Explorer 33

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Explorer 33
Mission type Magnetospheric research
Operator NASA
COSPAR ID 1966-058A
SATCAT no. 2258
Mission duration 1,876 days (5 years, 1 month and 21 days)
Spacecraft properties
Manufacturer Goddard Space Flight Center
Launch mass 212.0 kilograms (467.4 lb)
Start of mission
Launch date July 1, 1966, 16:02:25 (1966-07-01UTC16:02:25Z) UTC
Rocket Delta E1
Launch site Cape Canaveral LC-17A
End of mission
Last contact September 21, 1971 (1971-09-22)
Orbital parameters
Reference system Geocentric
Regime HEO
Eccentricity 0.2832989990711212
Perigee 265,689 kilometers (165,091 mi)
Apogee 480,762 kilometers (298,732 mi)
Inclination 24.399999618530273°
Period 38792.0 minutes
RAAN 173.5399 degrees
Argument of perigee 119.2000 degrees
Mean anomaly 21.7899 degrees
Mean motion 0.03712071
Epoch 12 May 1971 12:00:00
Revolution no. 142

Explorer 33 (also known as AIMP-D or IMP-D) was a spacecraft in the Explorer program launched by NASA on July 1, 1966 on a mission of scientific exploration.


Originally intended for a lunar orbit, mission controllers worried that the spacecraft's trajectory was too fast to guarantee lunar capture.[1] Consequently, mission managers opted for a backup plan of placing the craft into an eccentric Earth orbit with a perigee of 265,679 km and an apogee of 480,762 km — still reaching distances beyond the Moon's orbit.[2]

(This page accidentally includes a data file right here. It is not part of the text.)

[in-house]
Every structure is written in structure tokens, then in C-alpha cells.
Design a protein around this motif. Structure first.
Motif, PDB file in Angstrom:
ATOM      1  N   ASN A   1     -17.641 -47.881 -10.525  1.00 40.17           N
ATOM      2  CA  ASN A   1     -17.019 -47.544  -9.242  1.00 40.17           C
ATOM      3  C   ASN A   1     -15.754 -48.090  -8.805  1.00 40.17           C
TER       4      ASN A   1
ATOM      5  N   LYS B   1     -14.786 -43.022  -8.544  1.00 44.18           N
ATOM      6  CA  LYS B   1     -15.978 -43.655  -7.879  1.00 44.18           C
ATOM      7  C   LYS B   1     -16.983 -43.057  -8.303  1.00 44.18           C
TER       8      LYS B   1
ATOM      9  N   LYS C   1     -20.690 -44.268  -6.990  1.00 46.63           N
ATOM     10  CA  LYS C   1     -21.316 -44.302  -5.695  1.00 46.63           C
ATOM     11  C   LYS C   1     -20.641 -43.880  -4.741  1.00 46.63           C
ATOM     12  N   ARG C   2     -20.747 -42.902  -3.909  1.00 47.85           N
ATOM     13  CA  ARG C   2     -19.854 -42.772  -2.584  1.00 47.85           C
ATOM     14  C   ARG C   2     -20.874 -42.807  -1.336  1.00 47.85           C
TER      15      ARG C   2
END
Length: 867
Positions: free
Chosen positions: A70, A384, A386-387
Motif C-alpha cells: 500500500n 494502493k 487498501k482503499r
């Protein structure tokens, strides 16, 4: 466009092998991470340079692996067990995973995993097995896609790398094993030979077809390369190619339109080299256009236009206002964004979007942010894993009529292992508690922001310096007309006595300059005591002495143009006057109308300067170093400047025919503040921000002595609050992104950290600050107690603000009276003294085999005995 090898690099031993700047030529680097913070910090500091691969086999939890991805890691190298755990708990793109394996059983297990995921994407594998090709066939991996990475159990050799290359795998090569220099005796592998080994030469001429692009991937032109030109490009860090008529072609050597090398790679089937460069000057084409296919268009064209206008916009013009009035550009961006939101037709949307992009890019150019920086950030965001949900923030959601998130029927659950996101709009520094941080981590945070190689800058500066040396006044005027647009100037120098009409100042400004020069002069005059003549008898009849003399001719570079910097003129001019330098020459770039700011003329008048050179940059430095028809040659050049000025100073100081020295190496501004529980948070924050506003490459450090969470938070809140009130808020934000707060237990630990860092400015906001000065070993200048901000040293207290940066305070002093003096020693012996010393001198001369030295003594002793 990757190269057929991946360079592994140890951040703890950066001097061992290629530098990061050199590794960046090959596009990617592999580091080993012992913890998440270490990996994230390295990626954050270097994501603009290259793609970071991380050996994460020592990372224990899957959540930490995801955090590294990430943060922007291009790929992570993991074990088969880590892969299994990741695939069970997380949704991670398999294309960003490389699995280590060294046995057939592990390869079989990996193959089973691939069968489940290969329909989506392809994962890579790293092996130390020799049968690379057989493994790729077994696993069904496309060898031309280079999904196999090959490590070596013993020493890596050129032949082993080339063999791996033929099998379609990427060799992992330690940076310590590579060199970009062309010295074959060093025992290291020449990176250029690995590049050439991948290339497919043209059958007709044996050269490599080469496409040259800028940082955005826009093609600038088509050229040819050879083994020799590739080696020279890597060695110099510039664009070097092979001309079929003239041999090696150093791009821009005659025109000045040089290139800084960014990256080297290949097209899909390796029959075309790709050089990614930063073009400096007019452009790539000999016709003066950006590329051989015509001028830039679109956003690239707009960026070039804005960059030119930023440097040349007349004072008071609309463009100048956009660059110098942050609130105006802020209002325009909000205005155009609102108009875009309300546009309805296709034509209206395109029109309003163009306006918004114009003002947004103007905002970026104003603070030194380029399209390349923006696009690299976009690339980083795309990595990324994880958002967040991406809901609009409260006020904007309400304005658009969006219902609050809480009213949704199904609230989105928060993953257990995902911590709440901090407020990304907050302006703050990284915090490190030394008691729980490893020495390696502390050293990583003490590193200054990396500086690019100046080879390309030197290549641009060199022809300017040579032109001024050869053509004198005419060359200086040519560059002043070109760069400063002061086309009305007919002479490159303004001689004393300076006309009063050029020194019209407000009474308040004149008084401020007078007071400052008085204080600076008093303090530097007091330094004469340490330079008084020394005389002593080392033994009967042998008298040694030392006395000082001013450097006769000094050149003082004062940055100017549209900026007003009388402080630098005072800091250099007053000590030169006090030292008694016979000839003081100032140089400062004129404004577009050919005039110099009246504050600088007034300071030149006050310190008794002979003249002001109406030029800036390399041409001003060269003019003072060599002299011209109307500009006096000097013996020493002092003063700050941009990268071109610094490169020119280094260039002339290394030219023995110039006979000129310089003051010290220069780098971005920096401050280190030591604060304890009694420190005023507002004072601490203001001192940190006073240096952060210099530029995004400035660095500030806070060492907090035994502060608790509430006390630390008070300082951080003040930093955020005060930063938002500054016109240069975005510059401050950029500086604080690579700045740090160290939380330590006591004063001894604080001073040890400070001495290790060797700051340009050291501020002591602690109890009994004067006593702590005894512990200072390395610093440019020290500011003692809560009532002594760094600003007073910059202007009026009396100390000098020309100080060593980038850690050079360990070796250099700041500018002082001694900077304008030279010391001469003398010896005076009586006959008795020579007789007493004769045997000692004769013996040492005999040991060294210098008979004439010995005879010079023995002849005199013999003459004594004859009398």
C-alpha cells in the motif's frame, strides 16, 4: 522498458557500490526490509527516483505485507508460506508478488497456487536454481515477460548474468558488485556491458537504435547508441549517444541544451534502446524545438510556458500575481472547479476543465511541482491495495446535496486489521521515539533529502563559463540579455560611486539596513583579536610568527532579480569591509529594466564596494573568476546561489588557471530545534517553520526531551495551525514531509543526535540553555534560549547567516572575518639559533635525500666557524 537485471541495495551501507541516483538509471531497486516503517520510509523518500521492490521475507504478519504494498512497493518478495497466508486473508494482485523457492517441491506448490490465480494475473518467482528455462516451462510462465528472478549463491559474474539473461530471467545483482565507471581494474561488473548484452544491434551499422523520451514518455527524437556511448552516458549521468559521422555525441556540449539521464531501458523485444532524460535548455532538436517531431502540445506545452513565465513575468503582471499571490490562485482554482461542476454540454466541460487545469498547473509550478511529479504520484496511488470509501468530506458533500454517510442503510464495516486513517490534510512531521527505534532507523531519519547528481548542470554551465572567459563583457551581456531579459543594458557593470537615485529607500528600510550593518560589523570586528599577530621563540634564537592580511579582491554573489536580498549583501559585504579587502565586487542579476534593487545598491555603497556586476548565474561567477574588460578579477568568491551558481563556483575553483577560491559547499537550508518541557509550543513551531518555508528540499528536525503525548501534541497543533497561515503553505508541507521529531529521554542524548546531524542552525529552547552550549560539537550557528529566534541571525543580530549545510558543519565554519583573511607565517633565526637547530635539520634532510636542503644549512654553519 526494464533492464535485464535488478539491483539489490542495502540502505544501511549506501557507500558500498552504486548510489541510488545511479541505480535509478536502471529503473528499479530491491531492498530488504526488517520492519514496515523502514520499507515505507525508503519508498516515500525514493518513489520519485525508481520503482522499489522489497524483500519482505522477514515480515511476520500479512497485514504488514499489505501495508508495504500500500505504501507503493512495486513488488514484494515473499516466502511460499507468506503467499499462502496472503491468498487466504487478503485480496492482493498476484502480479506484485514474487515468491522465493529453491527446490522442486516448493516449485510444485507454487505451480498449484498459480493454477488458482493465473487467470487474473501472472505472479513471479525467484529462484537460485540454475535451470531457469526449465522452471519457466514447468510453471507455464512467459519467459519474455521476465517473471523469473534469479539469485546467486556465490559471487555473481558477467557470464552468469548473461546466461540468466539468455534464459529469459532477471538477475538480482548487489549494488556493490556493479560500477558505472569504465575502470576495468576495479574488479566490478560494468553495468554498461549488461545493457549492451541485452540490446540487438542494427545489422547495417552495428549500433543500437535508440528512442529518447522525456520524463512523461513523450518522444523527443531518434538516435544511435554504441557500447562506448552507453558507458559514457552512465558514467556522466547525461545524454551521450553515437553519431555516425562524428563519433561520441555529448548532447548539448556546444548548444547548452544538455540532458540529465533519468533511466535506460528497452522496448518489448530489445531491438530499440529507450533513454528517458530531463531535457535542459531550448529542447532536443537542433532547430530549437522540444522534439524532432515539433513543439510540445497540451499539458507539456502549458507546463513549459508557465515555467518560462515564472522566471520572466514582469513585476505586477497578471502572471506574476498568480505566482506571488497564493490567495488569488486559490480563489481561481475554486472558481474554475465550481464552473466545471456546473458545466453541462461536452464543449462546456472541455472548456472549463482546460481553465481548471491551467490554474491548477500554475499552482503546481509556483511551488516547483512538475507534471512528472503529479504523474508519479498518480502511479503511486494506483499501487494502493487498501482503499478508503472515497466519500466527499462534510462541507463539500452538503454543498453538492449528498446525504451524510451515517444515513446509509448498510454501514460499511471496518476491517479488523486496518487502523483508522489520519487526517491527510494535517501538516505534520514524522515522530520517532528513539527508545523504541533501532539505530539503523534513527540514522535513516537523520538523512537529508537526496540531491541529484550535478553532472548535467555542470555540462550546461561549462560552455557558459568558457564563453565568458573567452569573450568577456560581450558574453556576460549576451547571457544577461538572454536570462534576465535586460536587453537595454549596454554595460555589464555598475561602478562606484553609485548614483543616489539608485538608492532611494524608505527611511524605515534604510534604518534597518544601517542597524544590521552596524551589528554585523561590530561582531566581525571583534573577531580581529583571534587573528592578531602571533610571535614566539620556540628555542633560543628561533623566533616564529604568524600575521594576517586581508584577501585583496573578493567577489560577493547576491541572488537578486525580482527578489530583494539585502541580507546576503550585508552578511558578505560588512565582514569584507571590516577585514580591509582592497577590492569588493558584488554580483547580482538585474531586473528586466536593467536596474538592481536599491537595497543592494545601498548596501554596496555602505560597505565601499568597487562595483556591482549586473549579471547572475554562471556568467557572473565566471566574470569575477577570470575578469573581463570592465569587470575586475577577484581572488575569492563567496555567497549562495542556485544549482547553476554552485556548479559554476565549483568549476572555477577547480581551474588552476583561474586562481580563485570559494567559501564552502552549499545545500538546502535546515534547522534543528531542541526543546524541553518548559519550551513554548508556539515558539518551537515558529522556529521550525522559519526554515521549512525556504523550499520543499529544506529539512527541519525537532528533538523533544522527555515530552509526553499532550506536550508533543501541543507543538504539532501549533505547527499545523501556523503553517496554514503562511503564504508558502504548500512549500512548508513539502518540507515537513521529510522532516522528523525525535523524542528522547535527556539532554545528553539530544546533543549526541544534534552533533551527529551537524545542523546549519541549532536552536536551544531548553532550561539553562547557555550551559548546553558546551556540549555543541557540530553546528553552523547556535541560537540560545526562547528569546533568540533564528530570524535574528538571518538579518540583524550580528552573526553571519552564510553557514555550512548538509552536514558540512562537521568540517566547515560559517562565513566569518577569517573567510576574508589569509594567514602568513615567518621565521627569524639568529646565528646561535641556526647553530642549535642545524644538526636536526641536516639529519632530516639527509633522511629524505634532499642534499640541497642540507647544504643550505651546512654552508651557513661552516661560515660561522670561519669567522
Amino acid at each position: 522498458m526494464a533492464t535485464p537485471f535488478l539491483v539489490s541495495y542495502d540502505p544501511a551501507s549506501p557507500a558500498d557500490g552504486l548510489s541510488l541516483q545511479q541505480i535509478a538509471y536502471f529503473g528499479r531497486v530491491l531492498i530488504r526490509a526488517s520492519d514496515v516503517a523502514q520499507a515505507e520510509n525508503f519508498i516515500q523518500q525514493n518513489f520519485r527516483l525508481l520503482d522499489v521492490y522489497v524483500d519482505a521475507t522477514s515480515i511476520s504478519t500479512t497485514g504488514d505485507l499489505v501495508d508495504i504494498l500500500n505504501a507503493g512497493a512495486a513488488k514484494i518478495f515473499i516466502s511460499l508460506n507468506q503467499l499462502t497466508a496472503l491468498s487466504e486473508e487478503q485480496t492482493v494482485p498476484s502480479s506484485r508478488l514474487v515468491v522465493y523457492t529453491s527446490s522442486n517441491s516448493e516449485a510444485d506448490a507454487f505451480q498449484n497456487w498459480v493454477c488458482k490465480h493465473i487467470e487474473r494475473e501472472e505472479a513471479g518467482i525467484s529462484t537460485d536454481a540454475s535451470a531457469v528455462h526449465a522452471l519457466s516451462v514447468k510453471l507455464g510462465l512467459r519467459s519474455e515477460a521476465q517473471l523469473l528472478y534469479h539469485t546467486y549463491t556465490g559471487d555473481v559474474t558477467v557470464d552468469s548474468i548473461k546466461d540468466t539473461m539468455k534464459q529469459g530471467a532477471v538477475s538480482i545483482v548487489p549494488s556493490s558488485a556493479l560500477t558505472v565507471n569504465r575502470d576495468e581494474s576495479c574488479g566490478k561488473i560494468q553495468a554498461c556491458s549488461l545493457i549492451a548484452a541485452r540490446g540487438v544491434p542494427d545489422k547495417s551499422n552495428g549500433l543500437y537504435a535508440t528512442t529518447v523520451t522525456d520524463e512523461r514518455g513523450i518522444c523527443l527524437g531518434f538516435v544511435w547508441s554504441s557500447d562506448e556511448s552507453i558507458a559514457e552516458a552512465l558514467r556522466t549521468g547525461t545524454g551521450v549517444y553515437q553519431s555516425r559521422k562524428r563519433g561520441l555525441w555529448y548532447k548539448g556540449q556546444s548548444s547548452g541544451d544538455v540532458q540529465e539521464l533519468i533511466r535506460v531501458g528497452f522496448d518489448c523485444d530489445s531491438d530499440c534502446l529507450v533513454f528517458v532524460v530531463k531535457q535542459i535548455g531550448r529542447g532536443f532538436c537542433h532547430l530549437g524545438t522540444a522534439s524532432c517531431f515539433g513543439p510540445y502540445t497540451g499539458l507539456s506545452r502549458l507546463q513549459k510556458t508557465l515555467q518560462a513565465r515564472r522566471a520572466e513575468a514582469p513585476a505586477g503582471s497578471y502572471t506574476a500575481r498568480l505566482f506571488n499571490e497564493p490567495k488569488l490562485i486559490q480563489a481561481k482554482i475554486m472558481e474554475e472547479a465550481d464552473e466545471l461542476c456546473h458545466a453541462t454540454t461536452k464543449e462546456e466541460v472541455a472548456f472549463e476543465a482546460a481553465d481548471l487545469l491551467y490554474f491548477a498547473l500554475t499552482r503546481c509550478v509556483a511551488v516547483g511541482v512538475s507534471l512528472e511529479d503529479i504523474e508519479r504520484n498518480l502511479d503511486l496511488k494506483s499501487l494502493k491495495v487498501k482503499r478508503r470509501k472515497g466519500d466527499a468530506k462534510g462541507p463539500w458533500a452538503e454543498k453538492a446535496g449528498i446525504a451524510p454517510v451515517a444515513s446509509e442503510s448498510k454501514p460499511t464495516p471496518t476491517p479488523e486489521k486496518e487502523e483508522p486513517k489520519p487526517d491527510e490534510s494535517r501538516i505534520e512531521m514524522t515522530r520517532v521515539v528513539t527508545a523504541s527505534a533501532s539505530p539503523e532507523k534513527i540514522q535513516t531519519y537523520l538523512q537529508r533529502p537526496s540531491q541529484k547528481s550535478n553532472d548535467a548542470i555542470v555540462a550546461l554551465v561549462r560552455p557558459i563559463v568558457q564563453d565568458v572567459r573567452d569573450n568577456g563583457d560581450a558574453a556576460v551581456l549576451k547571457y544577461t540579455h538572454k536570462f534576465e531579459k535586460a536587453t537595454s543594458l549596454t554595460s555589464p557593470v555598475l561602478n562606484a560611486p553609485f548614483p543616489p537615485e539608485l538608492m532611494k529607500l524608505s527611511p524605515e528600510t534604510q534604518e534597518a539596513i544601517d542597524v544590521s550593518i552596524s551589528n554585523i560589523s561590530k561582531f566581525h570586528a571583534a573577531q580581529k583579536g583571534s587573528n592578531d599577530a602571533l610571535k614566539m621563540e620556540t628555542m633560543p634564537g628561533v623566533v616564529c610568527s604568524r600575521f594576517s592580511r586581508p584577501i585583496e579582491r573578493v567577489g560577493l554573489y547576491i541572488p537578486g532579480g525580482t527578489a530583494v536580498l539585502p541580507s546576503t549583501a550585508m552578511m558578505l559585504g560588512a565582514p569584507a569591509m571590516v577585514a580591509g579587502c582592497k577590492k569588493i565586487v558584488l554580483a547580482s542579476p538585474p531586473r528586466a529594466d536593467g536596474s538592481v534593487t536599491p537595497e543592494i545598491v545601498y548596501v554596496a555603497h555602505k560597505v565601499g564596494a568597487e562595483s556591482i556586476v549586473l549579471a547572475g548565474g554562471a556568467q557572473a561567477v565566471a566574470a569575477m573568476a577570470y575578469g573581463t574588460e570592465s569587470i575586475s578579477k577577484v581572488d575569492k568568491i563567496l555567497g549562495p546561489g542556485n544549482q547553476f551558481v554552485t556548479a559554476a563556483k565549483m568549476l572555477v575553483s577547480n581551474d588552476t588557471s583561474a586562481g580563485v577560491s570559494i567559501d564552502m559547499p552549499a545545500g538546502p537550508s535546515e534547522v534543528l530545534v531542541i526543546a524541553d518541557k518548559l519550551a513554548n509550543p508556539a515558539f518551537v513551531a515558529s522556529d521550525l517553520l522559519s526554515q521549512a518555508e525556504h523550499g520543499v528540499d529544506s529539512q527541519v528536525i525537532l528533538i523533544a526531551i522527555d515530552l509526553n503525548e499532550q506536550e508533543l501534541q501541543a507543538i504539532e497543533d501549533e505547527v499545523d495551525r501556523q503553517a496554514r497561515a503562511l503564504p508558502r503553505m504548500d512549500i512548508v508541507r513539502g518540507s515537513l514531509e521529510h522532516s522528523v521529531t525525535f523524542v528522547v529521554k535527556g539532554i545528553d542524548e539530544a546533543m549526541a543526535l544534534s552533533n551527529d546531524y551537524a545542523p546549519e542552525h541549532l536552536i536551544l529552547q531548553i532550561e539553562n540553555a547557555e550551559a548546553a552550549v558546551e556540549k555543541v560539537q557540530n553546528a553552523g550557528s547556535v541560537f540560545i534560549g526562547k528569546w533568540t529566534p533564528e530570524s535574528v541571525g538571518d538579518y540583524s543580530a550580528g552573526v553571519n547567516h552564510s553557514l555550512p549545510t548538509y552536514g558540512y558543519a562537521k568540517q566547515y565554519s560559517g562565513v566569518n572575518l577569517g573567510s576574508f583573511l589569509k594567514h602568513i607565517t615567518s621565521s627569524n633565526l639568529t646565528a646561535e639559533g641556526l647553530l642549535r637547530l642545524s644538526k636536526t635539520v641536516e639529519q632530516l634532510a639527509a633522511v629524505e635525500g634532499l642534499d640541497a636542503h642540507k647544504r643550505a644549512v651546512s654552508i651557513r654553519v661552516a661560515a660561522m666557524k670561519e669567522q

Despite not attaining the intended lunar orbit, the mission met many of its original goals in exploring solar wind, interplanetary plasma, and solar X-rays.[3] Principal investigator James Van Allen used electron and proton detectors aboard the spacecraft to investigate charged particle and X-ray activity.[4] Astrophysicists N. U. Crooker, Joan Feynman, and J. T. Gosling used data from Explorer 33 to establish relationships between the Earth's magnetic field and the solar wind speed near Earth.[5]

See also[edit]


  1. ^ J. J. Madden (December 1966). "Interim Flight Report, Anchored Interplanetary Monitoring Platform, AIMP I - Explorer XXXIII" (PDF). NASA Goddard Space Flight Center. 
  2. ^ "IMP Chronology". Encyclopedia Astronautica. 
  3. ^ "Explorer 33 (NSSDC ID: 1966-058A)". NASA / National Space Science Data Center. 2008-04-02. Retrieved 2008-07-04. 
  4. ^ "Explorer 33 – Electron and Proton Detectors". NASA / National Space Science Data Center. 2008-04-02. Retrieved 2008-07-04. 
  5. ^ Crooker, N. U.; Feynman, J.; Gosling, J. T. (1977-05-01). "On the high correlation between long-term averages of solar wind speed and geomagnetic activity". NASA. Retrieved 2008-07-04. 

External links[edit]